The best paragraph I read today

The believe-it-or-not superlatives are so extreme and Tom Swiftian they make you smile. The L.H.C. is not merely the world’s largest particle accelerator but the largest machine ever built. At the center of just one of the four main experimental stations installed around its circumference, and not even the biggest of the four, is a magnet that generates a magnetic field 100,000 times as strong as Earth’s. And because the super-conducting, super-colliding guts of the collider must be cooled by 120 tons of liquid helium, inside the machine it’s one degree colder than outer space, thus making the L.H.C. the coldest place in the universe.

The article is here, via Yves Smith and Jim Crozier.


not even close to the coldest place. Boise-Einstein condensates are often far colder.

Are we still talking about Austrian academic investment theory or what?

The best prank would be to say, after a closure, that the LHC was re-opening on December 21, 2012.

No, the coldest place in the universe is the heart of a bank loan officer. I think I saw that on TV, so it must be true.

What in the world is "colder than outer space" supposed to mean? Cosmic microwave background radiation?


DECEMBER 11, 2009 CONTACT: PRESS OFFICE (202) 224-8277

Cantwell, Collins Propose Carbon Auction: Bill Reduces Emissions, Returns Revenue to Consumers
Bipartisan climate bill uses simple system to reduce global warming pollution and spur clean-energy job growth

WASHINGTON – Today, U.S. Senators Maria Cantwell (D-WA) and Susan Collins (R-ME) introduced bipartisan legislation to reduce global warming pollution, spur job growth in clean energy technology, and return money directly to consumers. The Cantwell-Collins Carbon Limits and Energy for American Renewal (CLEAR) Act would set up a mechanism for selling “carbon shares† to fuel producers and would return most of the resulting revenue in checks to every American. The legislation will achieve a reduction in greenhouse gas emissions of 20 percent by 2020 and 83 percent by 2050.

“Energy is a six-trillion dollar market opportunity, and green jobs can transform the U.S. economy,† Senator Cantwell said. “But we need a signal on carbon so that this can happen. This bill provides a simple approach to getting off of carbon and on to clean energy alternatives. The CLEAR Act provides businesses and investors with a simple, predictable mechanism that will open the way to clean energy expansion while achieving America’s goals of reducing carbon emission.†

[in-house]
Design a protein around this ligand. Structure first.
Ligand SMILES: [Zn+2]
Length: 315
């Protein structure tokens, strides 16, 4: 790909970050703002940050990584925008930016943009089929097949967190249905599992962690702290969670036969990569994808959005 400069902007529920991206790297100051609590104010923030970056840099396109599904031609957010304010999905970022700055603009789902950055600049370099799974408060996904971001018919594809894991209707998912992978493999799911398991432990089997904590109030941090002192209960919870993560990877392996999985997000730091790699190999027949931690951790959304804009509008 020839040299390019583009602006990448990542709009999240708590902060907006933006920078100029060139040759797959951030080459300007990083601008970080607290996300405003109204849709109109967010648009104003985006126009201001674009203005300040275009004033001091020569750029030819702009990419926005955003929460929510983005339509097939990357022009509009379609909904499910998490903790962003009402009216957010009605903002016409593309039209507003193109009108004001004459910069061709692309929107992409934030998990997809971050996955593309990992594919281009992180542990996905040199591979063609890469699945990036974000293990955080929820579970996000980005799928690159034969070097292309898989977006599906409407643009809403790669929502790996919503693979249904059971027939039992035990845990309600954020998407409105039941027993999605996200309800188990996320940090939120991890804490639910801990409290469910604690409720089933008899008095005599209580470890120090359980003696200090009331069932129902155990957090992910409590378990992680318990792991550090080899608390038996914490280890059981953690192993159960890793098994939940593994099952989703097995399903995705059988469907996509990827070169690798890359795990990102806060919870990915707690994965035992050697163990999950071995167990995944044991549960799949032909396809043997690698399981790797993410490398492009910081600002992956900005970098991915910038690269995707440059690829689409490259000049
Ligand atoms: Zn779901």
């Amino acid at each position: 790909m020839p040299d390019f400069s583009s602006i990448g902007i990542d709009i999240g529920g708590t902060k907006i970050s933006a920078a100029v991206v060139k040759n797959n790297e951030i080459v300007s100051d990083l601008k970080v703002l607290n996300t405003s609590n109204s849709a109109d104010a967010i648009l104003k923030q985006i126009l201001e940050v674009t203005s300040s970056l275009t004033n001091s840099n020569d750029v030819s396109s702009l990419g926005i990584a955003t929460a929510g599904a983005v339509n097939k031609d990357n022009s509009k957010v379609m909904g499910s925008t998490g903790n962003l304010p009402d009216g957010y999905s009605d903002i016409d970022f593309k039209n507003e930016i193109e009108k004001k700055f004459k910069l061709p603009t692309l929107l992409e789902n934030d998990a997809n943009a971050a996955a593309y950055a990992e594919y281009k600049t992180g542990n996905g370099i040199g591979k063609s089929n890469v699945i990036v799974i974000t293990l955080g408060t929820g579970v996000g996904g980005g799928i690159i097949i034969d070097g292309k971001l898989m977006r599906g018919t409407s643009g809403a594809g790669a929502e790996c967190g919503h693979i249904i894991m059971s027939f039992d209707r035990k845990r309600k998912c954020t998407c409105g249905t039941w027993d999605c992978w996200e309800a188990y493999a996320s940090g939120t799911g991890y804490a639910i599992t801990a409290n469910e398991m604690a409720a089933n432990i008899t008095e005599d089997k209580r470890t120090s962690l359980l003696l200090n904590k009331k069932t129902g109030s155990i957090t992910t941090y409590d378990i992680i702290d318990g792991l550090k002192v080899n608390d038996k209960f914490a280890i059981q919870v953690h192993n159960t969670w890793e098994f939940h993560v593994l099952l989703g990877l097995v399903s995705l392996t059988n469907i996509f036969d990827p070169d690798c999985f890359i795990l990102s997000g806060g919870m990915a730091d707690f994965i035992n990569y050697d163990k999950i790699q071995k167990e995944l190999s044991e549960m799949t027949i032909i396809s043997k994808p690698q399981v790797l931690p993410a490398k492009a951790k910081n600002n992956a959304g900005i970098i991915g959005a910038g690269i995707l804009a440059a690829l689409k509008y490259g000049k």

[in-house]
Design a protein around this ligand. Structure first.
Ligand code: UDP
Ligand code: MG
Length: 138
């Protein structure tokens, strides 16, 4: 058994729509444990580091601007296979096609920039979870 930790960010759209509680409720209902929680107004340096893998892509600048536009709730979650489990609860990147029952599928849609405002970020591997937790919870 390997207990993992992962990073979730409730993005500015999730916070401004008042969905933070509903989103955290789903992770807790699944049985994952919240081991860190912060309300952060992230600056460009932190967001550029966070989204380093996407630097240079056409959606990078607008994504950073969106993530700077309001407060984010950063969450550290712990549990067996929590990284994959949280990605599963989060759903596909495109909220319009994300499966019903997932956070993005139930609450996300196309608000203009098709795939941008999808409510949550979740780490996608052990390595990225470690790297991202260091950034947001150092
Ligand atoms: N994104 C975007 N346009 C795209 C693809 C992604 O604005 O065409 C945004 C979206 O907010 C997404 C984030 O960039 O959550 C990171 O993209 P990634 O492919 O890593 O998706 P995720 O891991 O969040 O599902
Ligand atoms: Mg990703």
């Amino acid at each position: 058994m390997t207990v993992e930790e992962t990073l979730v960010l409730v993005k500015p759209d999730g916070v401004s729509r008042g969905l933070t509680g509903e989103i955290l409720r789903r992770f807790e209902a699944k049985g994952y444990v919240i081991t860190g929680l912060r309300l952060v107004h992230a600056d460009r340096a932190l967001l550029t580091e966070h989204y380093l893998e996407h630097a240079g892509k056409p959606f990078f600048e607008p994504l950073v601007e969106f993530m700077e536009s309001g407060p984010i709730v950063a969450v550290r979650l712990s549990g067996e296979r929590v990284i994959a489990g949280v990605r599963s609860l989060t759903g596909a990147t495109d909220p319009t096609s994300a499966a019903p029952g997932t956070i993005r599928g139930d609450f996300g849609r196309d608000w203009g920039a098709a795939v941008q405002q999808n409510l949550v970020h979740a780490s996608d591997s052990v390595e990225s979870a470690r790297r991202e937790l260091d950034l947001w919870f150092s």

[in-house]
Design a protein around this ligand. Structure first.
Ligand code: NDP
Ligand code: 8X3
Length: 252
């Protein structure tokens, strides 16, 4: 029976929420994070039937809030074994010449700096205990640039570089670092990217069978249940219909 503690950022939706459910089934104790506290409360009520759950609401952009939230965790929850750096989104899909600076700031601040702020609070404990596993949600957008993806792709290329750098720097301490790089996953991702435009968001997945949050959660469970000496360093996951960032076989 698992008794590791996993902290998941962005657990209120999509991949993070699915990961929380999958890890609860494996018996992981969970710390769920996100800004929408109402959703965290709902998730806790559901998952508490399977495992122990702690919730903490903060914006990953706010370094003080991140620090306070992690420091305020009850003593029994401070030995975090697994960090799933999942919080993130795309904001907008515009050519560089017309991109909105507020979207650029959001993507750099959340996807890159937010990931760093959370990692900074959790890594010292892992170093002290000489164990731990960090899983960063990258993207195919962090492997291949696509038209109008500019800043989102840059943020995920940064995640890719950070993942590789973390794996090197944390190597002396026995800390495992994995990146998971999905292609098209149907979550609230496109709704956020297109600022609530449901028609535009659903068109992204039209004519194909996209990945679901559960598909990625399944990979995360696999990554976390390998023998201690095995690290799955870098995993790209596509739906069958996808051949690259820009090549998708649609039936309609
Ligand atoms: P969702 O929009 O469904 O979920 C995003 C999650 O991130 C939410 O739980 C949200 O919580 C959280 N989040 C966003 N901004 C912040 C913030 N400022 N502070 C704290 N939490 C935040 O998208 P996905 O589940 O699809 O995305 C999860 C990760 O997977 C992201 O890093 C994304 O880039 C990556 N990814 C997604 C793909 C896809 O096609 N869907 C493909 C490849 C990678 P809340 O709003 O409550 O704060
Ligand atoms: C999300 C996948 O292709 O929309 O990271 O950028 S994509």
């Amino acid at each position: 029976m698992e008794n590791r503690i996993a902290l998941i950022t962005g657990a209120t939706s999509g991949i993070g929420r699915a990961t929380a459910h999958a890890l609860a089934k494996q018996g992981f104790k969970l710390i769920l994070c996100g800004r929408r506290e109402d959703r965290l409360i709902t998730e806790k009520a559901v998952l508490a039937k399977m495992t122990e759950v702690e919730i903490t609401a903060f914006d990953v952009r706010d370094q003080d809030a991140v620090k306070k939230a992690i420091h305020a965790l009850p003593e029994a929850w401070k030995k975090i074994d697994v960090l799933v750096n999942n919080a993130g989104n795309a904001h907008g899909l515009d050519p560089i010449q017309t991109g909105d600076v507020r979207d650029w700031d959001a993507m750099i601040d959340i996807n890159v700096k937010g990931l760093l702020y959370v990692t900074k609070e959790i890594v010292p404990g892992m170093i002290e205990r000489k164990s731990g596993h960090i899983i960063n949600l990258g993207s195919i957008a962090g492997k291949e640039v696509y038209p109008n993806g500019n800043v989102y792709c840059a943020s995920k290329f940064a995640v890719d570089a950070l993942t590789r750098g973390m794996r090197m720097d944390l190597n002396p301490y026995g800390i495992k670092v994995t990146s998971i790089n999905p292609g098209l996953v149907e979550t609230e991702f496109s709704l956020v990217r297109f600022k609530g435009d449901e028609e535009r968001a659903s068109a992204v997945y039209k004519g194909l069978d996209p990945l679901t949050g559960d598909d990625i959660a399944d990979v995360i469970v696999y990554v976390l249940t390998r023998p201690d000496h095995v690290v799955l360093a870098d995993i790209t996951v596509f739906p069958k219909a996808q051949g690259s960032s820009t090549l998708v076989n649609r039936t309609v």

Along with the legislation, Cantwell issued a report today detailing the positive economic impact of the dividends to be returned directly to consumers. According to the report, a typical family of four would receive tax-free monthly checks from the government averaging $1,100 per year, or $21,000 between 2012 and 2030.

Senator Collins said: “This bill addresses the most significant energy and environmental challenges facing our country. It would help reduce our dependence on foreign oil, promote alternative energy and energy conservation, and advance the goal of energy independence for our nation. Climate change legislation must protect consumers and industries that could be hit with higher energy prices. Such legislation also must provide predictability so that businesses can plan, invest, and create jobs. Finally, climate change legislation should encourage adoption of energy efficiency measures and the further development of renewable energy, which would spur our economy and job creation. The CLEAR Act achieves all of these goals.†

Cantwell and Collins highlighted the findings of a recent report by the Institute for Policy Integrity at New York University School of Law that concluded: “carbon pricing is the only signal that can cut through the noise and direct diverse economic actors towards smart, green investments – investments that will create jobs, encourage technological development, and maximize returns.†

By establishing a predictable price on the carbon associated with fossil fuels, the bill provides the business incentive needed to develop and deploy clean energy technology. The International Atomic Energy Agency estimates that over the next half-century, the investment needed to meet global energy needs and reduce greenhouse gas emissions will reach $45 trillion.

Producers would bid in monthly auctions for “carbon shares.† The resulting revenue generated by the auctions is used for two vital functions:

†¢ 75 percent would be refunded to every individual residing legally in the United States. This dividend would more than compensate for the increase in carbon-based fuel that producers would pass on to consumers.

†¢ The remaining 25 percent would be used exclusively toward clean energy research and development, regionally-specific assistance for communities and workers transitioning to a clean energy economy, energy efficiency programs, and reductions in non-CO2 greenhouse gases.

“The President has taken our shared emission-reduction goals to the Copenhagen conference and the response there underscores global interest tackling the problem. It also shows that there will be a highly competitive international business environment for leadership in clean-energy technology,† Cantwell said.

Cantwell and Collins said they look forward to working with other colleagues, especially Senators Boxer, Kerry, Lieberman, and McCain, as the Senate tackles the carbon emission problem.